Maharashtra EC sees shrinking role for cash in local body elections

BJP and Congress functionaries say the currency shortage caused by demonetisation would have a major impact on these elections in terms of 'reduced use of cash'

Abhiram Ghadyalpatil
Updated22 Nov 2016, 04:07 AM IST
As many as 27 district council or zilla parishads and 212 municipal councils in Maharashtra go to polls in a four-phase programme that will conclude on 8 January. Photo: Reuters
As many as 27 district council or zilla parishads and 212 municipal councils in Maharashtra go to polls in a four-phase programme that will conclude on 8 January. Photo: Reuters

Mumbai: Maharashtra’s election commission and some political parties expect demonetisation of high-value currency notes to lead to a significant decrease in the use of cash in local body elections across the state beginning from 27 November.

A senior state election commission official, who did not wish to be named, said the poll watchdog’s initial surveys have come up with “positive signals”.

“The inspections we have carried out so far in different parts of the state tell us that the role of cash in these elections may be reducing. The election staff have not reported suspicious movement of vehicles and candidates also seem to be tightly controlling their poll expenses,” said the official.

As many as 27 district council (zilla parishads) and 212 municipal councils in Maharashtra go to polls in a four-phase programme that will conclude on 8 January. These polls are significant for the four major political parties—the ruling Bharatiya Janata Party (BJP), its ally Shiv Sena, and the opposition Congress and Nationalist Congress Party (NCP)—as they are a precursor to elections to 10 municipal corporations in early 2017.

BJP and Congress functionaries say the currency shortage caused by demonetisation would have a major impact on these elections in terms of “reduced use of cash, control over poll expenses, and a possible drop in voter turnout”.

“The cash transactions have become suspect and difficult due to currency shortage. Even regular transactions like paying for the campaign expenses have become difficult as most of these are typically cash transactions. At some places, we are operating on credit,” said a BJP minister on the condition of anonymity.

A state Congress functionary, who also spoke on condition of not being named, was critical of the move, saying it may result in a reduced voter turnout.

“People are queuing up for cash and the situation in rural areas is worse because of a smaller number of ATMs and lack of liquidity at district central co-operative banks. This may adversely impact the voter turnout because the situation is unprecedented,” said the Congress functionary.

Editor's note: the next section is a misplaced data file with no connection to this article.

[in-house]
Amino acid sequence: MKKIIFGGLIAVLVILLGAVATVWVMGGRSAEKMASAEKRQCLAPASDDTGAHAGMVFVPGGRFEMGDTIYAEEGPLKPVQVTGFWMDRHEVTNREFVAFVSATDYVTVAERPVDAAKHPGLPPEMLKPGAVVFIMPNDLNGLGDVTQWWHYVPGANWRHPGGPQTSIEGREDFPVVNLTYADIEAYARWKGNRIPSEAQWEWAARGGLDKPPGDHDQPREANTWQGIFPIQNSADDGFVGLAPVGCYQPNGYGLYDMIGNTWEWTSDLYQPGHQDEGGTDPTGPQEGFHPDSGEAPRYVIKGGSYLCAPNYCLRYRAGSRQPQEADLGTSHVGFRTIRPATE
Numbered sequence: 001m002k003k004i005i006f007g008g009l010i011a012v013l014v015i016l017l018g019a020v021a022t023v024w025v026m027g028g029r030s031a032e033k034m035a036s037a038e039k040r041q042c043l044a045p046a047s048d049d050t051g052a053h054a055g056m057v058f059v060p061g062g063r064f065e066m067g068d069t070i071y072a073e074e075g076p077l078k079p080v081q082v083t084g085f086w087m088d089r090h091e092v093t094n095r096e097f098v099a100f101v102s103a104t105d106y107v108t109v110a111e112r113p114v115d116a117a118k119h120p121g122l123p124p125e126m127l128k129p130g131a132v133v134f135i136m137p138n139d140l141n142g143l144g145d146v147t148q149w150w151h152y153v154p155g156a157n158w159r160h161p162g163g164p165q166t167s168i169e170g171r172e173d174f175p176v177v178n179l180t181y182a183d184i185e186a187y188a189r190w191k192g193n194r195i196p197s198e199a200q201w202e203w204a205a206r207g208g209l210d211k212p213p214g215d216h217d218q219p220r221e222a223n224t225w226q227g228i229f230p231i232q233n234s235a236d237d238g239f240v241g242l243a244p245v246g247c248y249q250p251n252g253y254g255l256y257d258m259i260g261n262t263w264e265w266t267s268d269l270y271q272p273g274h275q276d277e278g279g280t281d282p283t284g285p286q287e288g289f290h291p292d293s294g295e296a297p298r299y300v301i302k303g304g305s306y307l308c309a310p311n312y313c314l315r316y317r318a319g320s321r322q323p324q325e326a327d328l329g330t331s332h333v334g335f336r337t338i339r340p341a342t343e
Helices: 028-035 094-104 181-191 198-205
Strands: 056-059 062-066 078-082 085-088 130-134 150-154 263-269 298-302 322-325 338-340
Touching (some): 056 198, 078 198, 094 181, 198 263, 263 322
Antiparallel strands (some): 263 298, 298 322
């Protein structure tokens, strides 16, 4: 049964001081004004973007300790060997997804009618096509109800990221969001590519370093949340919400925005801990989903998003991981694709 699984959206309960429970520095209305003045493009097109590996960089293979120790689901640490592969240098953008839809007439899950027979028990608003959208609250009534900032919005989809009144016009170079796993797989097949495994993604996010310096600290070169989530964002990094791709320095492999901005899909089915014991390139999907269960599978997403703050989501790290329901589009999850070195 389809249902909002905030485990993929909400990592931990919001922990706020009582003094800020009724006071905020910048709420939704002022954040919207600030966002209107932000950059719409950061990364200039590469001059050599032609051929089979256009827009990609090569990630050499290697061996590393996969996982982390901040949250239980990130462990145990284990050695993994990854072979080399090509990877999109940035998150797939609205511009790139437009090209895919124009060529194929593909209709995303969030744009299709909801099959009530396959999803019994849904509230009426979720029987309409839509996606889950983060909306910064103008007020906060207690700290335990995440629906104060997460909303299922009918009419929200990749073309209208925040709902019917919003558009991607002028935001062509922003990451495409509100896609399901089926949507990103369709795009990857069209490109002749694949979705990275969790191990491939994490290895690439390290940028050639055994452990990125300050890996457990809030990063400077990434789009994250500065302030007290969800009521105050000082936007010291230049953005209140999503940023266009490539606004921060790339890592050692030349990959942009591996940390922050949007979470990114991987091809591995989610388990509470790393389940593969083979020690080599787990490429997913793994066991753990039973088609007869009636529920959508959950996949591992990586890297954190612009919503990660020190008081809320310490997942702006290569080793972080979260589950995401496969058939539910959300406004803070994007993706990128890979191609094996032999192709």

Both the politicians, however, agreed that “cash flow” during the elections would be impacted.

“This time it is not only the election commission which is supervising the polls. There is a stricter vigil by police, tax officials, and the banks themselves,” said the BJP minister.

Trilochan Sastry of the New Delhi-based Association for Democratic Reforms does not agree that cash crunch would have a significant impact on the elections as far as the routine use of cash in any Indian election is concerned.

“The elections in Maharashtra begin from 27 November and go on till 8 January. But the deadline to get the old notes exchanged is 30 December. I think there is lot of time for political parties to use cash to woo voters and for voters to get those notes exchanged,” said Sastry.

The election commission official cited above, however, said this would be “easier imagined than done” because the Union finance ministry had declared that “any suspicious activity in Jan Dhan accounts or any spurt in cash deposits would be monitored and tracked down”.

Senior Mumbai-based journalist and commentator Prakash Joshi said it was naïve to expect demonetisation to reduce the role of cash in polls.

“The stakeholders in these elections, especially those who are experts at turning black money into white using different instruments, won’t be deterred by demonetisation. There is a reason why the Reserve Bank of India has banned co-operative banks from accepting old notes. Before this ban came in, those who wanted to make huge deposits have already used the co-operative banks. In elections too, these experts will find newer ways of deploying money,” Joshi said.

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First Published:22 Nov 2016, 04:07 AM IST
HomepoliticspolicyMaharashtra EC sees shrinking role for cash in local body elections

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